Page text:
Concerns are growing about the impact requests to take another 15 million cubic metres of groundwater from the Ruataniwha Plains will have on the environment and the availability of water for CHB towns.

Between 2014 and 2017, eight applicants, including major dairy operations, applied to the regional council to collectively extract 17 million m3 of 'tranche 2' groundwater from the Ruataniwha Basin.

The Board of Inquiry into Tukituki Plan Change 6 determined that an additional 15 million m3 a year of 'tranche 2' groundwater could be extracted as a discretionary activity if the adverse environmental effects could be mitigated by river flow augmentation.

As such, any tranche 2 groundwater consent holder would be required to release up to 40 per cent of the water they take into rivers and streams at times of low flows.

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The regional council's investment arm, HBRIC Ltd, the company promoting the dam and the Ruataniwha Water Storage Scheme (RWSS), had a claim to 10 million m3 of tranche 2 groundwater but withdrew its application last October, leaving the eight remaining applications.

These applications were on hold, awaiting more details on the augmentation schemes, but in the meantime CHB farmer Alistair Setter had written to the regional council chief executive and councillors calling for the consents to be publicly notified, or better still terminated, amid fears of the environmental and social consequences.

Backed by other residents, farmers and Forest and Bird, he said the ramifications were wide ranging if the consents went ahead.

"Many farmers and businesses that use stream depleting bores are facing the prospect of reduced water availability in the coming years, due to the minimum flows in the Waipawa and Tukituki Rivers being increased.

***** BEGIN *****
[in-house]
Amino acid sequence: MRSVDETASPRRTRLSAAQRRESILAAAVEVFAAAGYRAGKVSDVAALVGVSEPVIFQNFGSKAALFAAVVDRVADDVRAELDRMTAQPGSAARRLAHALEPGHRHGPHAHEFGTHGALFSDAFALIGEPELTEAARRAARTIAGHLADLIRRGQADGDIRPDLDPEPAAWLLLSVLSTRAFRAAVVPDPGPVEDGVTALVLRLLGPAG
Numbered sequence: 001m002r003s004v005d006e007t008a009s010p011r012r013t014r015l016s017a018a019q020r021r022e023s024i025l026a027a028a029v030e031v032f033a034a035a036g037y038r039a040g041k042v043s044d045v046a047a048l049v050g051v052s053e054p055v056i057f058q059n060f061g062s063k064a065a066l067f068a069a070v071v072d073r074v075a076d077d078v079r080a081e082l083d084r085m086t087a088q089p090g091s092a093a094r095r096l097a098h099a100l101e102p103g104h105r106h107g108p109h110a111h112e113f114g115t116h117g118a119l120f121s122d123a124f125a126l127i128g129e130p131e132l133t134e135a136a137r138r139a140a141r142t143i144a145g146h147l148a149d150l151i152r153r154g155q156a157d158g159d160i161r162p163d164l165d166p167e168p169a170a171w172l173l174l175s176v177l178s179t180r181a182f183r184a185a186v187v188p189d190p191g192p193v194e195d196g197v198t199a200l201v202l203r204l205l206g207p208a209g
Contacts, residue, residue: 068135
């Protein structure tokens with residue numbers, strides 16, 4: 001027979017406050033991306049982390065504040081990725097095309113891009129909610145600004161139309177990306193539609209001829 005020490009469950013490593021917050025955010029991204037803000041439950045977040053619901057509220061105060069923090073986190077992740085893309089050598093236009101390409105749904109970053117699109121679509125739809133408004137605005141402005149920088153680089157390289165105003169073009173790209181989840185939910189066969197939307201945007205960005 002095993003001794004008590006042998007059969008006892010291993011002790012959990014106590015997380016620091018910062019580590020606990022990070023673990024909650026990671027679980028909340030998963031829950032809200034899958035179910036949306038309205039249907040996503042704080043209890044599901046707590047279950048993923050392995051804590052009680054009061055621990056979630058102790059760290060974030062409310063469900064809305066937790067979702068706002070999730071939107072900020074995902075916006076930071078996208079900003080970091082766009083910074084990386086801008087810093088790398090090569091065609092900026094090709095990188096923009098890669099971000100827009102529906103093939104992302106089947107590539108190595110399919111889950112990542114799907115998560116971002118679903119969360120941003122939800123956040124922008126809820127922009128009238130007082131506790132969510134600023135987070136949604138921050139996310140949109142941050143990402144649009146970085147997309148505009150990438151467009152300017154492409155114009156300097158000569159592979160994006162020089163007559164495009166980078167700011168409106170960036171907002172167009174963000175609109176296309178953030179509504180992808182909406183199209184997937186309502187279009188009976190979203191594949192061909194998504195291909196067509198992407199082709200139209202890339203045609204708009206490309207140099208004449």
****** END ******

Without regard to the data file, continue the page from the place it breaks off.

"CHB townships use water from stream depleting sources — while they can take water during ban periods for human welfare, it means strict community water restrictions."

He noted that at his property at Swamp Rd, springs and waterways that had never before stopped running had done so twice in the last two years, and that many Ongaonga residents had been forced to re-drill and lower their bores at the time the larger irrigators started in the area in 2004/2005.

His concerns were echoed by CHB councillor Tim Chote who said the situation had gone under the radar.

"We have to stand up — I'm worried for the ratepayers and the possibility you could all of a sudden get water restrictions — we have to know what's going to happen with this."

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Tikokino farmer George Williams said he was concerned about any increased take from the aquifer.

"That is going totally against what the regional council has stood up for since the moratorium was put on any further allocations — to turn take another 15 million cubic metres, even though some would be put back in the river, is going to affect everyone."

CHB farmer and former CHB mayor and regional councillor Tim Gilbertson said if concerned local people had not raised the alarm about the consenting process no one would have been aware that eight people could enjoy a massive benefit at the expense of the rest of the district.

"If council has 15 to 20 million cubic metres in its own back pocket, it's money in the bank to encourage or apply new and exciting, profitable, high value, low input crops like hemp, rather than low value, high input enterprises such as dairy farming," he added.

He also noted that all the information was based on a model.